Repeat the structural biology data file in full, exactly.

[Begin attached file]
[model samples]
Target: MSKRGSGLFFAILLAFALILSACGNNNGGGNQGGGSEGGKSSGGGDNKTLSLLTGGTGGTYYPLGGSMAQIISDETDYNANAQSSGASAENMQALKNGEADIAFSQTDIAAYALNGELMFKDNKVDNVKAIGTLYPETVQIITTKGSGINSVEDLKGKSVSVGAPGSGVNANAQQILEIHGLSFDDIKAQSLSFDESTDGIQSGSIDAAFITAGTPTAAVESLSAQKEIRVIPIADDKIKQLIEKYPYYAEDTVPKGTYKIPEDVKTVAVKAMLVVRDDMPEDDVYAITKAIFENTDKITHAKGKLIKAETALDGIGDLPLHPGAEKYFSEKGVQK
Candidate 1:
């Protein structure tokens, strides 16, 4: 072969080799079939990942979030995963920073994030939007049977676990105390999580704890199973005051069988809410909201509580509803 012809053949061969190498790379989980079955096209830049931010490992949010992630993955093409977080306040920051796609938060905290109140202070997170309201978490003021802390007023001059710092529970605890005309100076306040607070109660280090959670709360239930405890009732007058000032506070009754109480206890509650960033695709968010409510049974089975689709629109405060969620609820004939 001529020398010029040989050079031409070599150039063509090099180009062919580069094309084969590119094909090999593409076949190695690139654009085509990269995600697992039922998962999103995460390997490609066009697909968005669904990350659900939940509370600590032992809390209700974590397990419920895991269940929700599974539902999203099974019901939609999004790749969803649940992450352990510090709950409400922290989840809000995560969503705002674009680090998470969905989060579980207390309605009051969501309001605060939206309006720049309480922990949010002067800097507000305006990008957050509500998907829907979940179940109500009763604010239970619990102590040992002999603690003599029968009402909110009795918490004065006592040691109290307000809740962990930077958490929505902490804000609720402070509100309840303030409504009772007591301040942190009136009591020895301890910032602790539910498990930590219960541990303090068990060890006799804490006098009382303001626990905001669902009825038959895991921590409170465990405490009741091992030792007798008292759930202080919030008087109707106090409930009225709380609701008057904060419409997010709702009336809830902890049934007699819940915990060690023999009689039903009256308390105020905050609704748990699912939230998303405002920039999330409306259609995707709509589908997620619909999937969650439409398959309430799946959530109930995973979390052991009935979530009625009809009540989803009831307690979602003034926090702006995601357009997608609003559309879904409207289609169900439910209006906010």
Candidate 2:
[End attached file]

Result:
[model samples]
Target: MSKRGSGLFFAILLAFALILSACGNNNGGGNQGGGSEGGKSSGGGDNKTLSLLTGGTGGTYYPLGGSMAQIISDETDYNANAQSSGASAENMQALKNGEADIAFSQTDIAAYALNGELMFKDNKVDNVKAIGTLYPETVQIITTKGSGINSVEDLKGKSVSVGAPGSGVNANAQQILEIHGLSFDDIKAQSLSFDESTDGIQSGSIDAAFITAGTPTAAVESLSAQKEIRVIPIADDKIKQLIEKYPYYAEDTVPKGTYKIPEDVKTVAVKAMLVVRDDMPEDDVYAITKAIFENTDKITHAKGKLIKAETALDGIGDLPLHPGAEKYFSEKGVQK
Candidate 1:
């Protein structure tokens, strides 16, 4: 072969080799079939990942979030995963920073994030939007049977676990105390999580704890199973005051069988809410909201509580509803 012809053949061969190498790379989980079955096209830049931010490992949010992630993955093409977080306040920051796609938060905290109140202070997170309201978490003021802390007023001059710092529970605890005309100076306040607070109660280090959670709360239930405890009732007058000032506070009754109480206890509650960033695709968010409510049974089975689709629109405060969620609820004939 001529020398010029040989050079031409070599150039063509090099180009062919580069094309084969590119094909090999593409076949190695690139654009085509990269995600697992039922998962999103995460390997490609066009697909968005669904990350659900939940509370600590032992809390209700974590397990419920895991269940929700599974539902999203099974019901939609999004790749969803649940992450352990510090709950409400922290989840809000995560969503705002674009680090998470969905989060579980207390309605009051969501309001605060939206309006720049309480922990949010002067800097507000305006990008957050509500998907829907979940179940109500009763604010239970619990102590040992002999603690003599029968009402909110009795918490004065006592040691109290307000809740962990930077958490929505902490804000609720402070509100309840303030409504009772007591301040942190009136009591020895301890910032602790539910498990930590219960541990303090068990060890006799804490006098009382303001626990905001669902009825038959895991921590409170465990405490009741091992030792007798008292759930202080919030008087109707106090409930009225709380609701008057904060419409997010709702009336809830902890049934007699819940915990060690023999009689039903009256308390105020905050609704748990699912939230998303405002920039999330409306259609995707709509589908997620619909999937969650439409398959309430799946959530109930995973979390052991009935979530009625009809009540989803009831307690979602003034926090702006995601357009997608609003559309879904409207289609169900439910209006906010």
Candidate 2: